Bryan: For years and years, I was that guy that just made those tracks, and I was getting on all these cool labels. But nobody was booking me because I wasn’t doing any of the other stuff. I was always thinking, “Oh, well if you just make cool tracks, then someone’s going to pick you up and get you on an agency and the shows come.” That is the case sometimes, but we found that doing things yourself stops you from having to rely on others. It does take a lot more time and work to get it going, but it’s great once it’s in place.

Hugh: We completely started from zero after being in the business for over fifteen years. Then we started playing a hundred free shows per year, giving away 80% of our music for free for several years straight… Because one thing I didn’t realize was that there are bands that’ll get paid a really low fee to play in the festival scene, because of how much money they make off of merchandise. I had no clue! If you look at their contract it says that “we want a 15% split of the merchandise” thing… [Some artists] will get twenty-grand in merch.

DB: I feel like DJing in today’s world is also because Soundcloud, a huge platform for the electronic music scene, is changing the way it functions. Artists are going to have to work a little bit harder to get their music out there. You guys started out the hard way.

Bryan: We always talk about this. There are these people that say, “It shouldn’t be this way, it’s bullshit, you have to DJ to make your money, I don’t like that you don’t get royalties from this.” And we just look at like, “Okay, we can’t change any of that stuff. What’s the actual reality of the world right now, and how do we be successful in that reality?” Even talking about or thinking about what it should be is just a huge waste of time. It’s just fantasy. It’s better to say, “We’re not making any money on selling songs? Well, how do you make money like this?” and then start working towards a solution rather than complaining about how it should be.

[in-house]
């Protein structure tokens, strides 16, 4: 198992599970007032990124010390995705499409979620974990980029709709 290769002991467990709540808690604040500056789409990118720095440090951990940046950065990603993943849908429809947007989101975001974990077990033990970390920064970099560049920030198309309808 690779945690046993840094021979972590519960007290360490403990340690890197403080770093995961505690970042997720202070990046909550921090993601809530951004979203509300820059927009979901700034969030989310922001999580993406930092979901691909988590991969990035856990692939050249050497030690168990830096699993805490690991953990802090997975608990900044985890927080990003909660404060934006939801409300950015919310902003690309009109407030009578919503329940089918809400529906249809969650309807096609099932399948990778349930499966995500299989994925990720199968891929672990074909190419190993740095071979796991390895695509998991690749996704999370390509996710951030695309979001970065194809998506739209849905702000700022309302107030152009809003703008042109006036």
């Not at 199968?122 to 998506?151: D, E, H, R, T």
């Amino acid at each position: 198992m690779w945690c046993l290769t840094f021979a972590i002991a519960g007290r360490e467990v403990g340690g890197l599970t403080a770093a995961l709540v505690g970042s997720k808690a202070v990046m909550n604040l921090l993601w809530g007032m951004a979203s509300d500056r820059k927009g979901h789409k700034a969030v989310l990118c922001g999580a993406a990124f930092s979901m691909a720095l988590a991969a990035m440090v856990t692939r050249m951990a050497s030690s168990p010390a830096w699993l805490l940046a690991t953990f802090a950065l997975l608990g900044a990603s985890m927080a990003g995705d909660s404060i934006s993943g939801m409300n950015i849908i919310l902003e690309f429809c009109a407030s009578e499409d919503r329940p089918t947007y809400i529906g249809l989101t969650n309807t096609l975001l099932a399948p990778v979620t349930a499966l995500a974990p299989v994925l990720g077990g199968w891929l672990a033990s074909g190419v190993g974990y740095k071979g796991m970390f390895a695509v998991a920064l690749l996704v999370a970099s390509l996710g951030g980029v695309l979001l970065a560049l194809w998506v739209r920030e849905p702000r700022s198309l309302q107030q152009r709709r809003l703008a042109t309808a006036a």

Being easy to work with and hard-working are the other two most important things.

DB: You guys help artists who are coming up too, with your record label, Country Club Disco. What do you look for in an artist?

Bryan: I help out a few younger artists that we’ve signed music from. Let me give ’em a shout! MRJ – he’s from Poland; he’s 22; he has an album coming out, an eight-song album coming out. It’s kind of ridiculous that he’s not bigger than he is already. And then the other guy that’s equally going to blow up is Jafunk. He’s about the same age. He’s from Australia and he just moved to the UK.

Hugh: Both of their stuff is genius. MRJ is part of the cross-pollination of how our world is connecting to bass music… We’ve been getting a lot of recent support from Mija, Oliver Heldens, and some other unlikely supporters lately.

Bryan: Jafunk’s last remix has over 450,000 plays on his Soundcloud and I’ve personally listened to it a couple hundred times as well. Really love his stuff. He just released an EP with our Country Club Disco label. With artists, the number one thing is obviously going to be how good the music is. There are so many talented artists out there; if your music is really good enough to stand out, we’ll notice. Being easy to work with and hard-working are the other two most important things.

Golf Clap are on Facebook, Soundcloud, and Twitter.